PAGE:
In this scenario, crypto exchanges and users might become confused as to which Ether chain they are holding or trading. Two networks will mean more work for app developers, says Dieter Shirley, chief technology officer at Dapper Labs, the creator of an Ethereum-based cat breeding game, CryptoKitties.
“A controversial fork, it’s likely to hasten our departure from the Ethereum ecosystem,” Shirley says. Dapper might consider moving CryptoKitties to its own blockchain, Flow, he says.
A fork, or at least a lot of public criticism, is extremely likely as many Ethereum miners don’t seem to know the merge is coming. Ethereum developers are communicating about the merger on Discord and Telegram, messaging apps that many miners don’t use, Beiko says. Mining pools, which today provide most transaction orders on Ethereum, take a percentage of miners’ revenue, and it is in their interest not to tell their members about the merger so that mining continues at least until the network upgrade, he said.
“I’m more concerned about people who don’t even know this is happening, and they buy this $3,000 miner, and three months later it stops working,” Beiko says. “It would be a bad idea to start mining today.”
And some miners just don’t believe the merger is really happening, because it’s been delayed in the past.
“There’s a lot of skepticism because Ethereum promised proof-of-stake for five years,” Beiko says. “It’s hard to convince people that this time it’s for real.”
The shutdown of the old Ethereum chain will send shockwaves through the cryptomining industry. Striving to find other uses for their equipment, miners will migrate their machines to other similar chains such as Dogecoin, Litecoin and Monero. The hash rate on these other chains will inflate 5 to 10 times overnight, says Sam Doctor, chief strategy officer at Bitooda, a digital asset fintech company. Overall revenues from this type of mining could drop by up to 90%, pushing many miners out of business, he says.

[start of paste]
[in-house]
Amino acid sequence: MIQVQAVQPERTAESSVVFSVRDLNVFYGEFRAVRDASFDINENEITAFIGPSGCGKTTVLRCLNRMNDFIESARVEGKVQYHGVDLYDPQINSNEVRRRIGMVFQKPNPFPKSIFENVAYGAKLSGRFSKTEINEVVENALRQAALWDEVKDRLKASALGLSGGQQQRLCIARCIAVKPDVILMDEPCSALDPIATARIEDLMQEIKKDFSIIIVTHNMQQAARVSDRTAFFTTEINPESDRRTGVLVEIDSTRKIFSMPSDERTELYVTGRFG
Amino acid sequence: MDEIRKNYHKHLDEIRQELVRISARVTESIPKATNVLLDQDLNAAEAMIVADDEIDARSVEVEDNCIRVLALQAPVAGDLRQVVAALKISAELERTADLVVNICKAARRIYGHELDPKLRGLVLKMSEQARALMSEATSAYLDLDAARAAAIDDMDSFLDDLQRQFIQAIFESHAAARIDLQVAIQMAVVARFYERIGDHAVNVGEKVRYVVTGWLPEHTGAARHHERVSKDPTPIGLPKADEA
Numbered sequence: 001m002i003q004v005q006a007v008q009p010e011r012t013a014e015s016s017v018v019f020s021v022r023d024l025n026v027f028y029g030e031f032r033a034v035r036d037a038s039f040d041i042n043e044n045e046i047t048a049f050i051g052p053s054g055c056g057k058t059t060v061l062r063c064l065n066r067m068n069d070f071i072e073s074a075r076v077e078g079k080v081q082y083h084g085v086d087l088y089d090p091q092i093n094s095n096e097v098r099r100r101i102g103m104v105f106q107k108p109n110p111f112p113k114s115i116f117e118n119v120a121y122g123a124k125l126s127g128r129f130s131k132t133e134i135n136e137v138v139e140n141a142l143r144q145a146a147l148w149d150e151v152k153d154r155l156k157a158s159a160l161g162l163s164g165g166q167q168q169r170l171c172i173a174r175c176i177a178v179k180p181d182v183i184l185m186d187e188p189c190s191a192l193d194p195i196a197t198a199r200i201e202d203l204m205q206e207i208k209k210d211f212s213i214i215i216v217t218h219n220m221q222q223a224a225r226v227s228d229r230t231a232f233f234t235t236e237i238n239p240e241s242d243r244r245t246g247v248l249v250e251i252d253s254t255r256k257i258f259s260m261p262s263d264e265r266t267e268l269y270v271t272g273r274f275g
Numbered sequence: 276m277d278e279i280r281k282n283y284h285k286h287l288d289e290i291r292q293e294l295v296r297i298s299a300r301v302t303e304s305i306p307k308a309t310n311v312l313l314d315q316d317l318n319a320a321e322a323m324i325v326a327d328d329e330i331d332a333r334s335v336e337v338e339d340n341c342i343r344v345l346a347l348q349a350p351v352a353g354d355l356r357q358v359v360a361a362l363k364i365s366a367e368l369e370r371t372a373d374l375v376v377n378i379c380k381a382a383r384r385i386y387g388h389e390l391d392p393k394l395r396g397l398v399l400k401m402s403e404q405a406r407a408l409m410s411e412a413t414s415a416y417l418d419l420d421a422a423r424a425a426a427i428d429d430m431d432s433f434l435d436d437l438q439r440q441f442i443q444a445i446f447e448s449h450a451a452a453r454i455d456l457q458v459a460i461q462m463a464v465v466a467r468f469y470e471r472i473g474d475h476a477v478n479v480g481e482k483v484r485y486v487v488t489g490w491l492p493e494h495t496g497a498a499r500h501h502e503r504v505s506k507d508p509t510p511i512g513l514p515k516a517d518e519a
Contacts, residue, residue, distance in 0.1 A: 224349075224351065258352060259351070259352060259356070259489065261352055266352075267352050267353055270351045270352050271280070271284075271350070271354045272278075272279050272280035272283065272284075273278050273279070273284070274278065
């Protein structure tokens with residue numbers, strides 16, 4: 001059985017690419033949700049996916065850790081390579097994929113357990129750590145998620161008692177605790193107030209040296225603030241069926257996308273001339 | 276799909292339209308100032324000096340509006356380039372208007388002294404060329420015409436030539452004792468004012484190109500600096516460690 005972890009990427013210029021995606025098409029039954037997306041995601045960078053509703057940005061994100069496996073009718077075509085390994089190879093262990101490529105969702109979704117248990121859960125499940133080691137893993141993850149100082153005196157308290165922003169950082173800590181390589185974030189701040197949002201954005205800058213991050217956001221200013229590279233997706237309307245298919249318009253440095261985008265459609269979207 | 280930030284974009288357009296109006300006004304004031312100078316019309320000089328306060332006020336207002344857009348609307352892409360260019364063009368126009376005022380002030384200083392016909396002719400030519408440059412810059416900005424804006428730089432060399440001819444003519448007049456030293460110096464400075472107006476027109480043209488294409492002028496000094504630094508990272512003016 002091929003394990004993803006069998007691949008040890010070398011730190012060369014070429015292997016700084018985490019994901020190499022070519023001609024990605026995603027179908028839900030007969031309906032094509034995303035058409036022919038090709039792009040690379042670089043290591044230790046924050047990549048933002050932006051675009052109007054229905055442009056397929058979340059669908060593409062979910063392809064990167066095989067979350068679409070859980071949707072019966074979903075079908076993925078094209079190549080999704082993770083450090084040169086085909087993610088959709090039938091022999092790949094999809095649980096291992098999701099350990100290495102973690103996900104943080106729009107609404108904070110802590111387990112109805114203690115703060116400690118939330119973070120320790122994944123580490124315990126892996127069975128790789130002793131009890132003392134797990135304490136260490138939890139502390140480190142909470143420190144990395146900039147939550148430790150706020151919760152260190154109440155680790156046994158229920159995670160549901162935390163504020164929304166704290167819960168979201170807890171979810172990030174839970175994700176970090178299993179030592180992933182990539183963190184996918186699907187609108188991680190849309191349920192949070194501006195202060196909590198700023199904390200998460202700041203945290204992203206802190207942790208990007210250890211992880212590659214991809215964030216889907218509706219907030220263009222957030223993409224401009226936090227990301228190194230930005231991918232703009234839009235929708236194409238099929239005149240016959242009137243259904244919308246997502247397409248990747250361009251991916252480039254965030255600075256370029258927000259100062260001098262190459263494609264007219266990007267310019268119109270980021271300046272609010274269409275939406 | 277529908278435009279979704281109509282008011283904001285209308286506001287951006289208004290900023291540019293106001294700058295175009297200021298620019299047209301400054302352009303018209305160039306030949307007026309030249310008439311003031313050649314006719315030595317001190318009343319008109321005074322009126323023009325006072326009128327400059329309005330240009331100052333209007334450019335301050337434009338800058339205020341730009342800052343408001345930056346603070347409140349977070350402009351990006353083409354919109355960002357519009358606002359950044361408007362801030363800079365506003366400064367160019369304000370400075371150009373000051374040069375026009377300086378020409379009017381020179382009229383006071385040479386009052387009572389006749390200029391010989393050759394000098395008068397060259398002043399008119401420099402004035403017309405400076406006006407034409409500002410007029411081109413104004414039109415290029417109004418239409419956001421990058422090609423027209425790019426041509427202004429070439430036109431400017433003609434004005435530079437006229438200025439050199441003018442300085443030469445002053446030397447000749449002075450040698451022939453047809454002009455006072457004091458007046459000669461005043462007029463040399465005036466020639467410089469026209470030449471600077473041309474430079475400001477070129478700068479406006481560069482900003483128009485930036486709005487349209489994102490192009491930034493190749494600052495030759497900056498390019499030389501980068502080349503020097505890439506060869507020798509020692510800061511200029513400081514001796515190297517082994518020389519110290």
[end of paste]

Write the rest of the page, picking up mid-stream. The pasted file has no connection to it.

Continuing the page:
U.S. miners will pursue clients outside of the crypto industry, in areas such as artificial intelligence and genome sequencing, Doctor says. “But none of them have experience in customer acquisition.”
Investors can benefit from the merger. The number of new coins issued on Ethereum as rewards for order transactions is expected to decrease by 50% to 90% as the proof-of-stake chain will offer lower rewards, Beiko said.
Over the next two years, the amount of Ether used for staking will likely increase by 8% to 80%, according to staking service provider Staked. This will reduce the ether in circulation, potentially increasing its value.
Stakers will be able to use the Ether they receive as rewards for order transactions, but not the Ether they stake, at least not until another software update, which is expected around six months after the merger. Stakeholders are more likely to hold onto their Ether for the long term than miners, who often need to sell some to cover electricity costs, says Kyle Samani, co-founder of Multicoin Capital.
After the merger, Ethereum’s network power consumption is expected to drop by more than 99%. To order transactions on the new proof-of-stake network, a validator can use a high-end laptop computer instead of a server farm. The entire Ethereum proof-of-stake is expected to consume about 2.62 megawatts, or about as much as a small town of 2,100 US homes. In contrast, the current proof-of-work setup guzzles the energy of a mid-sized country.
“Even my daughter caught the ‘NFTs are boiling the oceans’ hysteria,” says Ben Edgeton, lead product owner at ConsenSys, which is building infrastructure for the Ethereum blockchain. “I expect freeing us from the drawbacks of proof of work will certainly help make applications like DeFi and NFT much more socially acceptable, leading to significantly accelerated adoption.”
Everything will depend on how well the merger goes, of course. “If we do our job well, no one will notice when Ethereum transitions from proof-of-work to proof-of-stake,” Edgington said.